By the evening, Russia initiated an emergency meeting of the UN Security Council to discuss the situation in Ukraine at 10:30pm Kyiv time. During the statement, Russian ambassador Churkin reiterated the Russian presence was there for peacekeeping purposes, and reiterated a fabricated statement by deposed president Viktor Yanukovych dated March 1st that “in the country there is chaos and anarchy,” the persecution of Russians is ongoing, anti-semitism, and that the nation was on the brink of civil war. The alleged statement from Yanukovych implored Russia to use its military to restore him to power. Jewish leaders in Crimea issued a statement backing the Kyiv government, and called talk of anti-semitism ‘exaggerated’.

“It is incredibly tense in Crimea right now, with ultimatums given to troops at almost all Ukrainian military bases here,”
Oleg Chubuk, a spokesman of Ukraine’s defense ministry, told the Kyiv Post.

March 4th:

Ukrainian soldiers march on armed Russian troops defiantly
Ukrainian soldiers march on armed Russian troops defiantly

While the deadline given for the ultimatum passed, journalists on the ground reported seeing missile batteries mounted on personnel carriers near Sevastopol, and other APCs headed north towards Simferopol. Soon after, the press secretary of Russian President Vladimir Putin reported that he had ordered troops and formations that took part in military exercises, return to their places of permanent deployment. At the same time, journalists at Belbek reported in a series of tweets that Ukrainian troops from the military base, after receiving another ultimatum to surrender, marched on the Russian-occupied airstrip, unarmed and carrying only a pair of Ukrainian national and Soviet Air Force flags, to take it back. When the sides met, Russian troops began firing warning shots in the air, but to no avail the Ukrainians marched undeterred despite being surrounded by machine guns and rocket propelled grenades. They called their bluff, and the Russians then allowed a tentative compromise of 10 Ukrainian soldiers to take up positions on the occupied base and maintain their aircraft while they awaited orders and commanding officers faced off. During the negotiations, Ukrainian commander Colonel Yuli Mamchuk received word of Putin’s order to withdraw troops, and demanded to jointly guard the base with the Russian soldiers. In the standoff, Mamchuk vented “Because of one certain politician we are now at loggerheads. This is wrong.” Talks then suddenly fell apart and the troops, accompanied by their wives, marched under the threat of gunfire to their aircraft. The situation eventually subsided, with more Russian reinforcements arriving and the soldiers remaining defiant, who then marched back to their barracks.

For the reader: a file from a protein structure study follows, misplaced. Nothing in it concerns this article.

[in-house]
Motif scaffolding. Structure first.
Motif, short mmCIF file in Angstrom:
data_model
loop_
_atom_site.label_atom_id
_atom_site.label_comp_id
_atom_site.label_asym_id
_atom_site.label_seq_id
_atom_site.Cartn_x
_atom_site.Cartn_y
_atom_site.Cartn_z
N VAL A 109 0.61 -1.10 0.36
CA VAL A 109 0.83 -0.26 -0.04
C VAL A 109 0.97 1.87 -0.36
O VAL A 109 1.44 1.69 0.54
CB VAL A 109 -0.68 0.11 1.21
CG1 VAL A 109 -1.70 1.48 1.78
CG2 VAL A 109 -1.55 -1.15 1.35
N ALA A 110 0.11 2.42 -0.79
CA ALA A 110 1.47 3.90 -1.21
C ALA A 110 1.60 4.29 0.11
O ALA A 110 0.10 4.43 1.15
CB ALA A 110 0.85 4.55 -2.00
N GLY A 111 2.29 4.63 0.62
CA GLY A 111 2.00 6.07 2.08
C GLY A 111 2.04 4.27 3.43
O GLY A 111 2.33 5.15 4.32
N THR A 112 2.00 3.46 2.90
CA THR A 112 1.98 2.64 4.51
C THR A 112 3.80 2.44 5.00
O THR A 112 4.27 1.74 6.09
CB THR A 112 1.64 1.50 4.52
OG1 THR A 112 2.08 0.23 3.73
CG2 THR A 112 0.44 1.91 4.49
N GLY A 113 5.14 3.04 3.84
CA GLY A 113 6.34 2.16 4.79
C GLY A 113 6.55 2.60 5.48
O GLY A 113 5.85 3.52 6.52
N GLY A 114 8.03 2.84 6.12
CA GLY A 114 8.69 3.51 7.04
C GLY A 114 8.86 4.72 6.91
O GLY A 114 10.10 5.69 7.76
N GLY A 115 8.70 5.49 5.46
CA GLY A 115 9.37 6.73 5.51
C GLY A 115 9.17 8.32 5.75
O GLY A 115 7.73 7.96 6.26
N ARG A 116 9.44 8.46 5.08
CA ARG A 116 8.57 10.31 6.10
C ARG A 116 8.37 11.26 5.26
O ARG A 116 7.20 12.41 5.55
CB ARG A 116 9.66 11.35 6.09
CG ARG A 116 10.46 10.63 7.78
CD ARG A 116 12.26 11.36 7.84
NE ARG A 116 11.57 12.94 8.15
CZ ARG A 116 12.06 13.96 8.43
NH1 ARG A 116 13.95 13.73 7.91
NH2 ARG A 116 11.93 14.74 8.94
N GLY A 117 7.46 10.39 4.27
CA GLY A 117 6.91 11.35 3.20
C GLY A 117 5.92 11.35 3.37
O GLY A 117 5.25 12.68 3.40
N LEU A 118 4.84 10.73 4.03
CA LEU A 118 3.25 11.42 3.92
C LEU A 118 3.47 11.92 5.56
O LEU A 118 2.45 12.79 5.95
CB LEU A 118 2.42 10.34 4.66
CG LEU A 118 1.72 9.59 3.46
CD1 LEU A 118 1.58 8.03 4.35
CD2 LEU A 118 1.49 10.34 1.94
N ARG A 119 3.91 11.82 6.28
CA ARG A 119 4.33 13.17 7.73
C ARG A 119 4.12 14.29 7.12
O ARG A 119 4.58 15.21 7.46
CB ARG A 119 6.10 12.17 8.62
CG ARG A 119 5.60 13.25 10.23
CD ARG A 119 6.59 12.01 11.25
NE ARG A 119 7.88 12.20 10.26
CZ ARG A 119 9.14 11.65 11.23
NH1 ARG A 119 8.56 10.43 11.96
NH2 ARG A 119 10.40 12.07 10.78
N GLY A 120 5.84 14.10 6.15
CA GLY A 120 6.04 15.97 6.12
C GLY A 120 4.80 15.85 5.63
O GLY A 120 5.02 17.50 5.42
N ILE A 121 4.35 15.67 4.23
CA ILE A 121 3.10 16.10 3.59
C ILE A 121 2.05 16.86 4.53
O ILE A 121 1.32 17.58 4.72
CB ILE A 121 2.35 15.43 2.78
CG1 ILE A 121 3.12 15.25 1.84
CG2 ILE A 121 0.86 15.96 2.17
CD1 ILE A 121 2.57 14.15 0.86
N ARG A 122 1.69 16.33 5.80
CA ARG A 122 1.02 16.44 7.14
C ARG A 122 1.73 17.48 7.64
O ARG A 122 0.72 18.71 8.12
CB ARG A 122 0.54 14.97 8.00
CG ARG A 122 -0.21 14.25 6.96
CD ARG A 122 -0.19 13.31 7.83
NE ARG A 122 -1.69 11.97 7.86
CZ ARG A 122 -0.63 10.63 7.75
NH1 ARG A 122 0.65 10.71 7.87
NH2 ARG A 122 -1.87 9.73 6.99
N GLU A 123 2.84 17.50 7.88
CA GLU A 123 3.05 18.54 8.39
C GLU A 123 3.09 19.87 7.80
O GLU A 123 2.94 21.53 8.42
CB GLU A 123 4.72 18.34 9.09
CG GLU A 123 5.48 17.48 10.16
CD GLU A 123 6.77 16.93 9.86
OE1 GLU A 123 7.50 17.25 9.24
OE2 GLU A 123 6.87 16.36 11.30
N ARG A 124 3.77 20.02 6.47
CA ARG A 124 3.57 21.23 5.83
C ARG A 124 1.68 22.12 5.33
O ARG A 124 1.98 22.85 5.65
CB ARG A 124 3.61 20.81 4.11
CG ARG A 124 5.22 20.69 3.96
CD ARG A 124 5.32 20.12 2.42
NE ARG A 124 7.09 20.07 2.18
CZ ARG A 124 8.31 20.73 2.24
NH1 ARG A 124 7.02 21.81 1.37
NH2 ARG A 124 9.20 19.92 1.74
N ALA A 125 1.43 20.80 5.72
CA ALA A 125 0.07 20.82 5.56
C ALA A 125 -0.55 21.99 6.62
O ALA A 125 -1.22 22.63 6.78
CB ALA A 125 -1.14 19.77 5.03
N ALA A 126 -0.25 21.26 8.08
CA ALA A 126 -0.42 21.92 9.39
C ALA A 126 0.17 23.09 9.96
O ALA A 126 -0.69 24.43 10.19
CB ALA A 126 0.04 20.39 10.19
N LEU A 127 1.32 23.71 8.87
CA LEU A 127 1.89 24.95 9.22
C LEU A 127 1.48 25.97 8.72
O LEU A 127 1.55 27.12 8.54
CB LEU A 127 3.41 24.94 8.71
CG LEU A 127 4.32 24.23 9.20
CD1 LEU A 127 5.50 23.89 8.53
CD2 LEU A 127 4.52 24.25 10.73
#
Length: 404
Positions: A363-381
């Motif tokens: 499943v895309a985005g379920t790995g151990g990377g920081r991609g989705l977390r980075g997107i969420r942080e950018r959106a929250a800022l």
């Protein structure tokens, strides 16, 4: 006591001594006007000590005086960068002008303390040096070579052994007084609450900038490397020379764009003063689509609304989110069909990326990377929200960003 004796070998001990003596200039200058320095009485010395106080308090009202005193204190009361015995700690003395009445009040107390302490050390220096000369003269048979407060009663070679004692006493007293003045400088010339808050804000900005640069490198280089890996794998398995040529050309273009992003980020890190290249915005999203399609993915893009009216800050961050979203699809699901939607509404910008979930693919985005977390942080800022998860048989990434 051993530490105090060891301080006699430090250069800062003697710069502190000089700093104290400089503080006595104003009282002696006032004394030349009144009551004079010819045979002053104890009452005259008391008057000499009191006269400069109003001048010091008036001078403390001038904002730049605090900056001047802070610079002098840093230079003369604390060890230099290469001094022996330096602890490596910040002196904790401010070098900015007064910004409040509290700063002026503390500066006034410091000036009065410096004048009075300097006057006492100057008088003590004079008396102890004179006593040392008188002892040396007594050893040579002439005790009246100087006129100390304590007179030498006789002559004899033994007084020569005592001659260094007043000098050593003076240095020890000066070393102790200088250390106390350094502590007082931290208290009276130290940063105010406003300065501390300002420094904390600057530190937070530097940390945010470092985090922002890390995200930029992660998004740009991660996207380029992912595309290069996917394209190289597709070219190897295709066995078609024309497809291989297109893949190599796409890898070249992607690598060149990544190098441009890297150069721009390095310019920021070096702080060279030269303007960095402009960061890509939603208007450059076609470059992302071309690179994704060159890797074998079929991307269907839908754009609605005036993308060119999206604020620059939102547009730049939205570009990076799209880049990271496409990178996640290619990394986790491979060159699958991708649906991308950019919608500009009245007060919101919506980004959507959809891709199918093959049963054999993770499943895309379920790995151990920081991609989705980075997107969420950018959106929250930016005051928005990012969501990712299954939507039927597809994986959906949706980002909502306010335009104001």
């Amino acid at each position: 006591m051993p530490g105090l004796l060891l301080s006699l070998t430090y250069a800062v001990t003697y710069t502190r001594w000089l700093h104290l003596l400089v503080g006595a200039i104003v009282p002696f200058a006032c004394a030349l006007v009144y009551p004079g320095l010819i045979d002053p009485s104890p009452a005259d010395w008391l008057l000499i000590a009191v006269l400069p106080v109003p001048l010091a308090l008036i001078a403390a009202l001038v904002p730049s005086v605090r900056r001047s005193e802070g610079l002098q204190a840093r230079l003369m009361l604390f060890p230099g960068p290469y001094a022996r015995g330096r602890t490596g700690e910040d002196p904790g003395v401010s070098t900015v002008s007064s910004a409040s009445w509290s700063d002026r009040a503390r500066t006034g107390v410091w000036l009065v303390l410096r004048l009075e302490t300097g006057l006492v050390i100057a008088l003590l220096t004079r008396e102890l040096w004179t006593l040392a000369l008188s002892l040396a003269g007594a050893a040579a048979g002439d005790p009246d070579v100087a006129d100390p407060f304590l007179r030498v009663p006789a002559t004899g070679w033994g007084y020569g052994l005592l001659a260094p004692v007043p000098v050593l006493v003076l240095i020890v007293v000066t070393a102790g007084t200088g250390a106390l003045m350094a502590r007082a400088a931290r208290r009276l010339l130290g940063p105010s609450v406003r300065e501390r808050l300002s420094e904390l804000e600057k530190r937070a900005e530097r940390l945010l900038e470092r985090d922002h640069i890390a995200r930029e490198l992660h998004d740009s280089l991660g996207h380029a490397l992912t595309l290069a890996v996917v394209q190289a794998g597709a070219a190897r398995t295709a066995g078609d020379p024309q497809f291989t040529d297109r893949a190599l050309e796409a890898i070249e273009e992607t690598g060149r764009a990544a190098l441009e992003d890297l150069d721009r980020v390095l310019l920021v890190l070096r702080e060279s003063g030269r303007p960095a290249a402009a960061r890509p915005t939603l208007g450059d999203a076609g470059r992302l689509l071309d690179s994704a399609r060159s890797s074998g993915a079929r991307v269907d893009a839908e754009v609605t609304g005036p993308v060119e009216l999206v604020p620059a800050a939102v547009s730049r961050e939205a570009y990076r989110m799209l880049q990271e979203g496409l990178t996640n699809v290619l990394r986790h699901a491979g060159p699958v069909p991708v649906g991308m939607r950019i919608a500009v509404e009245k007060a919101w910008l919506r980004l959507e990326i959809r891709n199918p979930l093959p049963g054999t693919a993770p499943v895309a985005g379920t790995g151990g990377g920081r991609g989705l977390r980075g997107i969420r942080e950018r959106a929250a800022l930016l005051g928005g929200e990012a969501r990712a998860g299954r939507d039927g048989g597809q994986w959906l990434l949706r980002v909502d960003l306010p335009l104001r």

This tense standoff was a microcosm of what was to come when president Putin held a press conference later in the afternoon. While stressing the values of democratic representation and the right to self determination in one direction, he lauded the legitimacy of Yanukovych and smeared the democratic movement in Kyiv in the other. When asked if Russian troops were currently active in Crimea, he held to the concocted story of the troops, who had been widely identified as Russian soldiers, as being ‘local self-defense units,’ and that anyone “can go to a store to buy any kind of uniform” in post-Soviet states. Putin also said that it was “a new state could appear” in Ukraine and said that Russia would “not sign any fundamental documents with this new state,” signaling that he considers Ukraine as a state to have formally dissolved, but still insisted the ‘new state’ pay for the ‘previous’ one’s debts. He referred to the democratic movement as anti-Semitic; a statement which was refuted by co-chairman of the European Jewish Parliament Vadim Rabinovich, while the chief rabbi of Ukraine accused Russia of of staging anti-Semitic provocations in order to justify intervention. “This is what the Nazis did during the Anshluss in Austria,” he said. Former Secretary of State Madeline Albright called Putin outright ‘delusional‘. By night, Russia test fired an Intercontinental Ballistic Missile (ICBM) in a show of force (the test was previously scheduled, but not stated when).